“Sure. So what happens now?”
Harry studied the illuminated dial of his watch. “Thirty-five minutes?” he asked a shadow near him.
The shadow replied, “They entered U.S. airspace forty-six minutes ago. ETA thirty-seven minutes.”
“What happens now is that in thirty-seven minutes we are going to scoop up the Entrepreneurs and the Family Boyz and the Russians and approximately two dozen cases of automatic weapons and ammunition left over from the Cold War and put them in our pocket.”
I shut my eyes and shook my head against it all. “Gentlemen, you should have told me, you really should have told me.”
“It was strictly need-to-know,” Alec said. “You didn’t.”
“Maybe so. But if you had told me all this yesterday, I wouldn’t have tried to trap Casselman tonight and he and his pals wouldn’t have taken a woman prisoner. She’s with them now.”
“My God, that’s why you’re here,” Alec realized.
“I changed my mind,” Harry said. “I want my ten bucks back after all.”
“I told you he bluffs too much,” Harry reminded his partner.
Alec didn’t disagree. “Fuller?” he called.
“Deploy your men.”
Quickly, silently, the agents dispersed and disappeared into the night, Alec with them.
I pivoted toward Harry. “I want my gun.”
“Get serious. All we need is for a civilian to shoot up the place.”
“I’m not staying here.”
Harry handed me a windbreaker with FBI in large, white letters both front and back. I wore it over my tuxedo, zipped to my throat.
“We’ll try to look out for your girl,” Harry said. “But we can’t change our plans now. When the plane lands, we go.”
Harry squatted next to me at the edge of the clearing. I couldn’t see his face but I could hear his breathing. It was deep and regular. Mine was shallow and coming fast and I wondered if this was what it had been like in ’Nam, sitting in the jungle, waiting for heavy rain.
The forest was quiet and still. The moon disappeared behind a slow-moving cloud bank and I could see nothing except what was happening below the lamp. I soon convinced myself that Alec’s people had gotten lost, had surrounded the wrong shed and Harry and I were going to jump out of the woods and shout “Don’t move, you’re under arrest” and Stalin would laugh at us. I had participated in several raids in my time, only none like this, none where I couldn’t see my backup.
We waited for what seemed like an eternity after moving into position, yet it was only about ten minutes. Where was the damn plane? Finally, I could hear the soft drone of engines. The noise grew louder but I couldn’t see the aircraft that created it. A moment later two ribbons of landing lights rolled out from the metal shed like dominos, the ribbons about thirty yards apart and two hundred and fifty yards long. Maybe longer. It was hard to tell from where I squatted next to a fir tree. The plane dropped down from the sky, flying without lights, and followed the ribbons at tree top level ’til it reached the end of the runway, where it banked sharply and once again disappeared into the night. I could still hear it and then I saw it again, coming in low and steady from the opposite direction, its landing gear engaged. The plane was a single-prop job with a huge cargo bay—it looked like a truck with wings. It was silver and maroon—its ID numbers had been masked. Beyond that I can tell you nothing about it. I don’t know planes. The fact they can even get off the ground never ceases to amaze me.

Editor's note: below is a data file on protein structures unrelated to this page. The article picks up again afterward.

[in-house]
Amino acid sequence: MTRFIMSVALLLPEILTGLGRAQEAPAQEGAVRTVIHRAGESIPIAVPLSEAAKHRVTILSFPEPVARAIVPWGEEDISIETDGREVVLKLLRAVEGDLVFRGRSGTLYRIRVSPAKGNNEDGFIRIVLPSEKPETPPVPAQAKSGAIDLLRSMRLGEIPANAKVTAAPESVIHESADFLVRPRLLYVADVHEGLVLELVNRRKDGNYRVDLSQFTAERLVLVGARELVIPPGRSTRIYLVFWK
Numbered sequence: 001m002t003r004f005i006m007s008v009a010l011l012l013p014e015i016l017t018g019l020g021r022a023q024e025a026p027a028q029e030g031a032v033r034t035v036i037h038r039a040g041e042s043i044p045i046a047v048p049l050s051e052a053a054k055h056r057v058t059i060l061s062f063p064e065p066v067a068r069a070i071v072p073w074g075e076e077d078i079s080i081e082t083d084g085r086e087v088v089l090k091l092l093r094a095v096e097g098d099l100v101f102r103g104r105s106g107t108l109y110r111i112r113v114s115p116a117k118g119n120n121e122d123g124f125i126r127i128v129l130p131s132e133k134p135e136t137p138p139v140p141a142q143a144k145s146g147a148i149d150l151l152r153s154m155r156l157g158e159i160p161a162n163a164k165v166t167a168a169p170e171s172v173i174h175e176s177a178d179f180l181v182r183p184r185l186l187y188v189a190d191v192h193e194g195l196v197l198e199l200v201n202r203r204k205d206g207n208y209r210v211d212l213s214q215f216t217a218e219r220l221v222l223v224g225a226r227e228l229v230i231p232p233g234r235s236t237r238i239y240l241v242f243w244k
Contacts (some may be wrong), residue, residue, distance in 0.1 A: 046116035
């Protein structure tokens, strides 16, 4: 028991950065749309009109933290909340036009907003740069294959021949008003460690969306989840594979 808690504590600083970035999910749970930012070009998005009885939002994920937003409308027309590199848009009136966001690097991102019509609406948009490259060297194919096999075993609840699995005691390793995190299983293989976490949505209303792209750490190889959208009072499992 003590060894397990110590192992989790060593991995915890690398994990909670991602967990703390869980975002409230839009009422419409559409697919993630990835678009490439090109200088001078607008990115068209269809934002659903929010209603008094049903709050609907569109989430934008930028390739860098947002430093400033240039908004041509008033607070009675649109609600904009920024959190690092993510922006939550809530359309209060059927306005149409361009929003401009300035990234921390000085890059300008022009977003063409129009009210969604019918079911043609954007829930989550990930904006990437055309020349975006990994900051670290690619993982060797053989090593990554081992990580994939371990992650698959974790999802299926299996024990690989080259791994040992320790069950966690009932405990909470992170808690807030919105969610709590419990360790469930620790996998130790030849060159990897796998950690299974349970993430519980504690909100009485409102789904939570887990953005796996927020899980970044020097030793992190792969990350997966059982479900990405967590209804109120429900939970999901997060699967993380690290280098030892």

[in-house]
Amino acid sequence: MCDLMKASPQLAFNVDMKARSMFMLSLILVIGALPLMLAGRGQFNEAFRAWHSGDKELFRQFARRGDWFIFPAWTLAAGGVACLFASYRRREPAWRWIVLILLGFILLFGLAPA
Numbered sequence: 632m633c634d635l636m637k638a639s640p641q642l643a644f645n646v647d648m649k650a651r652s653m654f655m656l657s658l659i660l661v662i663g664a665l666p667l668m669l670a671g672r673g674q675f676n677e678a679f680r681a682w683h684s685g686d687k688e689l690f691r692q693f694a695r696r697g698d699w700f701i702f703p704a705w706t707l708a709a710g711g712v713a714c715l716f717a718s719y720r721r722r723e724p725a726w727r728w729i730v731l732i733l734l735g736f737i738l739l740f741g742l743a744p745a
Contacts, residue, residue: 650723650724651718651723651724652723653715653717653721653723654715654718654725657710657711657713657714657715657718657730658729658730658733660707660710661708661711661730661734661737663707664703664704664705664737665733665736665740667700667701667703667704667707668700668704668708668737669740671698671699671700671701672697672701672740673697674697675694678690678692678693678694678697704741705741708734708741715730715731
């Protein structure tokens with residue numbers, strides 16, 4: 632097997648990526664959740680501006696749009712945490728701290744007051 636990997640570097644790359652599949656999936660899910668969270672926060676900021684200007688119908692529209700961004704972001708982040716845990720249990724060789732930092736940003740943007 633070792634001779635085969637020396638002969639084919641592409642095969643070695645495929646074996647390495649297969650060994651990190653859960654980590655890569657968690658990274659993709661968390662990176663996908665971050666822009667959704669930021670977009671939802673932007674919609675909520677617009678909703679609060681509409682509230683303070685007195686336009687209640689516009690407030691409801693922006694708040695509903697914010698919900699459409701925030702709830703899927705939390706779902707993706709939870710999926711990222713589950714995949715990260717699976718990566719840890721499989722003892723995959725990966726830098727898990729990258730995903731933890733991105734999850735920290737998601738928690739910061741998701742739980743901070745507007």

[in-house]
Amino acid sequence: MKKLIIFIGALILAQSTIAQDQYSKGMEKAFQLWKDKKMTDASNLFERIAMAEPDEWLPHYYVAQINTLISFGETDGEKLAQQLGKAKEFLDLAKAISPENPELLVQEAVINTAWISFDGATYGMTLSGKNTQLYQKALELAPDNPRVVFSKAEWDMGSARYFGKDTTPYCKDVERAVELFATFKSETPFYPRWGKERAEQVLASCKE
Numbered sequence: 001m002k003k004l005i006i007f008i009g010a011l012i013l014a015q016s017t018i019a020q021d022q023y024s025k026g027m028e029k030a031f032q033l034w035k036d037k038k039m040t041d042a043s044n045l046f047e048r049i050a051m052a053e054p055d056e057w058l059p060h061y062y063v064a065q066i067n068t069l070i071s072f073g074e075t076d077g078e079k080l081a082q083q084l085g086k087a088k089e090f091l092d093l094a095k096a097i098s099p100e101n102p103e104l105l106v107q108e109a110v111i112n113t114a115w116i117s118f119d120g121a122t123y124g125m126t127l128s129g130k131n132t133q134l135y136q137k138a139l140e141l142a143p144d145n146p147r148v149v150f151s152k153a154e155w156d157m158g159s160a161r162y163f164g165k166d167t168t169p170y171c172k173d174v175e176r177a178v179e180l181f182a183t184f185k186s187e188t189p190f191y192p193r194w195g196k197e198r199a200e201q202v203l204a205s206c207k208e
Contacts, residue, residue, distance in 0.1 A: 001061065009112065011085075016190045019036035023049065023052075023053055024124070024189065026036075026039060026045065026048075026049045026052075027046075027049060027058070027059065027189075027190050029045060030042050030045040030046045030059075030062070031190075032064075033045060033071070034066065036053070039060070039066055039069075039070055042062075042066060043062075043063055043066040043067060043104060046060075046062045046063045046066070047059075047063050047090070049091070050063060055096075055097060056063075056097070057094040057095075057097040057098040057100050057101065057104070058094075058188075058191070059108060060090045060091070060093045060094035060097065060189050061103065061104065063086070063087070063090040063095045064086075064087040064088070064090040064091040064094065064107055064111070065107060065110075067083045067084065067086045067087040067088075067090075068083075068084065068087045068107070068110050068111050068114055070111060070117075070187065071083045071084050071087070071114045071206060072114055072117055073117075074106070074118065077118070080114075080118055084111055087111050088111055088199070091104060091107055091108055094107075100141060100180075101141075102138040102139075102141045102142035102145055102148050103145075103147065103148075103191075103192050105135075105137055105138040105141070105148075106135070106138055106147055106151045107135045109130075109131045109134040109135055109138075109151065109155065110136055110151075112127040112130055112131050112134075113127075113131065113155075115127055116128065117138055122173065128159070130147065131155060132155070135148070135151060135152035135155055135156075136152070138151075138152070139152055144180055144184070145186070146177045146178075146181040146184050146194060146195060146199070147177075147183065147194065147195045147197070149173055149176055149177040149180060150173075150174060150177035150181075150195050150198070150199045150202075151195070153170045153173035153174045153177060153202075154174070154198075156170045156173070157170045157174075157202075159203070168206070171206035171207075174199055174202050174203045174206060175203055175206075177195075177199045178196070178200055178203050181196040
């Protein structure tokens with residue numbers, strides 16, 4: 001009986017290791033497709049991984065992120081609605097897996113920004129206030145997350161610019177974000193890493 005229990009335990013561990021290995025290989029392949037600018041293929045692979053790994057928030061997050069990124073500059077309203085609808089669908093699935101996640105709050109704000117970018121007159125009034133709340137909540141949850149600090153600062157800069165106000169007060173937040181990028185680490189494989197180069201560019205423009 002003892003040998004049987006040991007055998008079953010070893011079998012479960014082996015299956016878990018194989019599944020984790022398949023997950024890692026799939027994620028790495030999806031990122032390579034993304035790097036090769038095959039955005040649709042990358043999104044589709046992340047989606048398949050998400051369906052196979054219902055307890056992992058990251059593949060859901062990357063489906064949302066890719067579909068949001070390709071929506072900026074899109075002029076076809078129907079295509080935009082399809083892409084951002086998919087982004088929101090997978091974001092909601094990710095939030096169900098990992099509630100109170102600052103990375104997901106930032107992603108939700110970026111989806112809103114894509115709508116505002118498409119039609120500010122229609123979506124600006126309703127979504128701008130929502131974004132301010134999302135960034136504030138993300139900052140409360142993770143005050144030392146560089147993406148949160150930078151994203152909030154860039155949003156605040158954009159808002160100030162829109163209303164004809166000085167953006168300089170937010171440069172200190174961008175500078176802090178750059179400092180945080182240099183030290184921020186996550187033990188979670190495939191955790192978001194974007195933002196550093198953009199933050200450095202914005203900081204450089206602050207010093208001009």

The plane touched down at the far end of the runway without so much as a bounce and rolled toward the shed even as it decreased in speed. When it reached the near end of the runway it stopped and pivoted to face the direction from which it came. The ribbons were extinguished, plunging the runway back into darkness. The lamp that hung from the pole now seemed like a candle compared to the light that had been shining. Harry reached over and took my arm. He squeezed it tight. “Easy, easy,” he whispered, only I don’t think he was talking to me.
The plane engine was feathered. The propeller stopped twirling. A dozen men emerged from the hangar and moved quickly toward the plane. Casselman stood under the lamp. The plane’s portside door opened and a stepladder was extended. Geno Belloti stepped out and waved.